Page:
I am fully back on with my plan to make Greek (flag) cupcakes (to celebrate Greece leaving the Euro)!! Greece will NOT be a part of the EZ by year’s end. My hope is that the election do-over in June will further weaken the ND/PASOK block. There was something like 36-38% abstention rate. I’m hoping that the rise of the left will give hope to those who felt hopeless, and that an anti-Euro block will coalesce. Start priming the drachma presses!!!!

  2. Hilary Barnes

    Listened this morning to Manual Valls, perhaps France’s next prime miniuster, Francois Hollande’s election campaign spokesman, saying that Hollande cannot go back on his demand for a renegotiation of the EU’s Stability Pact: he made an election pledge, he cannot renege. If this is correct, he will precipitate a major crisis in Franco-German relations. If he also tells Obama in a few days time that he cannot modify his pledge to pull French troops out of Aghanistan by the end of this year, people may wonder if we have a little de Gaulle at the Elysee. See more at

    1. Gerald Muller

      Good grief! Comparing de Gaulle and Hollande, whom a lot of people now call Flanby (the name of a sort of jelly-like custard), is like comparing Abraham Lincoln and George W.
      One had backbone and vision, the other none of the above.
      Please do not insult the name of the great general.

  3. Max424

    The way this is developing, China is going to be owning Europe a little bit sooner than I expected.

    I thought Europe would be a China Sub-Satellite somewhere around the year 2025. But now I think China will have bought the half the shebang (at rock bottom prices*), and be running most of the action, by no later than 2020.

    *At austerity prices!

    Note: It’s coming down to a great currency battle, between China’s Yuan and the Neo-liberals Dollar/Euro, and you know what, I’m rooting for the Chinese.

    Why not? At least there seems to a purpose to a least some of what they’re doing, whereas the neo-liberals exist only to pile money on top of money.

    1. Sufferin' Succotash

      Capture Tyre and kill or enslave all the inhabitants.
      That’s how they do it in the Big Time!,r:3,s:16,i:118

      1. Nathanael

        Indeed. The financial thugs don’t understand that they’re creating a situation in which they can be, and are likely to be, destroyed by REAL thugs.

  4. Sarah Furgenson

    Darn, just when you thought there was an effective resistance with heavy casulties vs the New York Junta, this type of nooze blows forth. I’ll bet the equivalent of David Brook’s house title we aren’t getting all the details.

  5. ella

    A long read but relevant to this post.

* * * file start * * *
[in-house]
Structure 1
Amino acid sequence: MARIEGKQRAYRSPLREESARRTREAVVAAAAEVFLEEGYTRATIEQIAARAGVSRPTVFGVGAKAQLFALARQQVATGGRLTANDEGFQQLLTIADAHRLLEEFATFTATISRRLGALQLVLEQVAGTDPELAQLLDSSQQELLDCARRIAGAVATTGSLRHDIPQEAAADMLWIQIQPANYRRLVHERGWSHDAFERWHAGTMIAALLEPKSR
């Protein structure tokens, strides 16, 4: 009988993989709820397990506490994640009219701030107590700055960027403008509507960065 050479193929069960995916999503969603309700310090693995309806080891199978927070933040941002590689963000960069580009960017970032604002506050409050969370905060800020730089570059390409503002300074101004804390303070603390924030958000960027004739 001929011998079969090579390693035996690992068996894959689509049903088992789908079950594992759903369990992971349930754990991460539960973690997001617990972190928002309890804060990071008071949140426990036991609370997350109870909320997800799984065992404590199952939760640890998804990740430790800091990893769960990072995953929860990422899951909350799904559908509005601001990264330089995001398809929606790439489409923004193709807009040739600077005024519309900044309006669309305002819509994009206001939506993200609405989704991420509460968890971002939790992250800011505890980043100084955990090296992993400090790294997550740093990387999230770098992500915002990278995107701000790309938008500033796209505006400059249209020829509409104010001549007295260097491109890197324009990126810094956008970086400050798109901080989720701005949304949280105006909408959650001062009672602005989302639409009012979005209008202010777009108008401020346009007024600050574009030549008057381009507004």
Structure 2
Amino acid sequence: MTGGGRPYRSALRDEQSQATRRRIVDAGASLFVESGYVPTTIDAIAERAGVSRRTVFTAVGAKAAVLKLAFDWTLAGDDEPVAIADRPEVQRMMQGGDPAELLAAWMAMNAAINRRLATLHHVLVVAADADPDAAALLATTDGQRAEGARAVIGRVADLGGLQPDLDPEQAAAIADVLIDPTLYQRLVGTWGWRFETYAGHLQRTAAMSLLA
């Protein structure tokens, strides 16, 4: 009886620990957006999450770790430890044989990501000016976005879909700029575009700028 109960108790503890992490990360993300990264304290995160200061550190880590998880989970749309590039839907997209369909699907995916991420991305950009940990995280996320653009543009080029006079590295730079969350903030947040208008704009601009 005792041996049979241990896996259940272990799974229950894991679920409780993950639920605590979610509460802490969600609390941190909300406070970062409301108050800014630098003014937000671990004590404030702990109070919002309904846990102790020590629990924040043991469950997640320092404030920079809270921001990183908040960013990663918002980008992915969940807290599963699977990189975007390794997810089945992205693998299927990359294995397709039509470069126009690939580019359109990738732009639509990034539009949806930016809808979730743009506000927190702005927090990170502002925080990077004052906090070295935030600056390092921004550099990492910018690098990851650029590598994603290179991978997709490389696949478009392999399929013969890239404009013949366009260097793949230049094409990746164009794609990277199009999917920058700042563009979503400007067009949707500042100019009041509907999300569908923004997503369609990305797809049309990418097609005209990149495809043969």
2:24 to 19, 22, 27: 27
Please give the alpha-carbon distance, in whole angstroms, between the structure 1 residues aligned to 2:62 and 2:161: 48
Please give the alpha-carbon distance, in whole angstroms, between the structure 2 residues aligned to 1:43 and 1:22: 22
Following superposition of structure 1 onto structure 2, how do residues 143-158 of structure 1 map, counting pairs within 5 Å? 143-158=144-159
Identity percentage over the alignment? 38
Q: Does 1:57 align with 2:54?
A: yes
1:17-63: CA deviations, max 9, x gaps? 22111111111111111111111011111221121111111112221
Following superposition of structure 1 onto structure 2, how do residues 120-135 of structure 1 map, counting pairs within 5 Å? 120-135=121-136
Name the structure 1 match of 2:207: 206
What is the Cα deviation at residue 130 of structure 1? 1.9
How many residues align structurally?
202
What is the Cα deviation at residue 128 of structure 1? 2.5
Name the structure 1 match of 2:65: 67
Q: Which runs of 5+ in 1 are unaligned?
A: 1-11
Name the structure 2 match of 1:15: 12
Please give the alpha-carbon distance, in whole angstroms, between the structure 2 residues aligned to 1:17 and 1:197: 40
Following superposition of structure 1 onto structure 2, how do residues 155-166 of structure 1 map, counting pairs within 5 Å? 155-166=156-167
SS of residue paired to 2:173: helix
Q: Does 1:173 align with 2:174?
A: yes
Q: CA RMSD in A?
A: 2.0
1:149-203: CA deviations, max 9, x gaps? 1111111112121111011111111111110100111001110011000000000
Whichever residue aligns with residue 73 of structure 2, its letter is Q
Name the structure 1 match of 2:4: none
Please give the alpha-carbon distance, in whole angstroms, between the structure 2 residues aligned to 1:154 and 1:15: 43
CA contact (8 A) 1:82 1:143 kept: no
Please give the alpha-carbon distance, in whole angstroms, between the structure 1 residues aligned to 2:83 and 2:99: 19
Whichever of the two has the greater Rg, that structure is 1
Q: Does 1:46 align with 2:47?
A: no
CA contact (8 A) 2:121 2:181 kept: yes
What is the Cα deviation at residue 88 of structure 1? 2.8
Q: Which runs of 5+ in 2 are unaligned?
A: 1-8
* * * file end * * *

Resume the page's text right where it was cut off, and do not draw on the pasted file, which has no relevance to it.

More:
“Waiting for Copernicus
    By John Feffer

    It’s happening in Buenos Aires. It’s happening in Paris and in Athens. It’s even happening at the World Bank headquarters.

    The global economy is finally shifting away from the model that prevailed for the past three decades. Europeans are rejecting austerity. Latin Americans are nationalizing enterprises. The next head of the World Bank has actually done effective development work.”

    1. readerOfTeaLeaves

      Yup, I think things are going to get really quite interesting. Possibly even in a good way.

      Hollande evidently needs the BRIC nations, and the Chinese apparently seem more comfortable with Hollande than they ever were with the egoist Sarkozy. So the French may make new relationships with the Chinese.

      But here’s the capper for this week: Hollande is evidently going to Brazil for the Sustainable Development conference in late June. Putin is also making noises about going to Brazil. So that’s 3 out of 4 BRIC contacts in one conference, plus the Chinese showing interest.

      Methinks the dollar as reserve currency is not a long term proposition at this point. And as for this Sustainable Development conference… Obama will likely miss it due to campaign pressures, which strikes this onlooker as tragically shortsighted.

      Hollande and the French civil service are front and center.
      They have tons of opportunity to make a significant, long term difference.
      Lucky bastards.

  6. LadyLiberty

    How To Get Revolution In Europe

    It’s pretty simple, really.

    Put in place a “treaty” that requires:

    That all governments involved fund it on demand within 7 days.
    That the amount of said funding is determined by the entity, with no right of review or veto, and can be increased at any time.
    That there are no rights of review, not even to see the work product of the entity.
    That the entity can sue, foreclose, prosecute, etc — but nobody can sue, prosecute, foreclose or investigate the entity.
    That the people working for that entity enjoy absolute immunity — even against unlawful acts.
    No, this isn’t a dream. It’s the ESM.

    And should any nation ratify this entity it is identical in form and function to selling the citizens into literal slavery, at which point said government’s legitimacy has been destroyed by its own hand and thus the citizens are well within their rights to refuse consent to further governance by that entity.


    1. Externality

      No, this isn’t a dream. It’s the ESM.

      It also resembles the original plan for TARP. From Wikipedia:

      The original plan would have granted the Secretary of the Treasury unlimited power to spend, proofing his or her actions against congressional or judicial review. Section 8 of the [Treasury Secretary Hank] Paulson proposal states: “Decisions by the Secretary pursuant to the authority of this Act are non-reviewable and committed to agency discretion, and may not be reviewed by any court of law or any administrative agency.” This provision was not included in the final version. (footnotes omitted.)

  7. Susan the other

    “Remaining a member of the EZ” (for Greece or Germany now) means guaranteed clever circular financing, yes, like a firing squad. I’m pretty sure, without any evidence except curious history, that Germany’s problems are our (US) problems. The EZ first cobbled together the EMU to survive, when we no longer infused them with cash. Then they held on for dear life and fudged the facts with the piousness of the guilty. And shrewd American banks took full advantage of their desperation. What we are going through now is choreography.

    No financial bankruptcy should be this hard to resolve. Is it possible that the secrets of WW2 are now paralyzing us? And how inconvenient at a time when we clearly prefer China. If Germany paid Greece for its theft of Greek gold in WW2, plus the sacred (why?) and obligatory accrued 80 years of compound interest, Greece would be debt free with a surplus. But there is no mention of this troubling little debt in the media. Why not? Since there is such an ominous silence favoring austerity over confession, I wonder if the US has stg to do with the Nazis’ misbehavior… certainly we held our noses and jumped in with them with our top hats on just to defeat Stalin and communism. And now we are accusing the EU of being half-baked.

    We need a new recipe for our favorite meal – financial sausage. Just put it in one end with a new twist, dry it for several decades, and eat it with avowed relish.

  8. Bob Morgart

    How do I log in to the website? Just updated to WIndows 7. I subscribe to N.C. $5/month. Want to be sure I get every posting & article.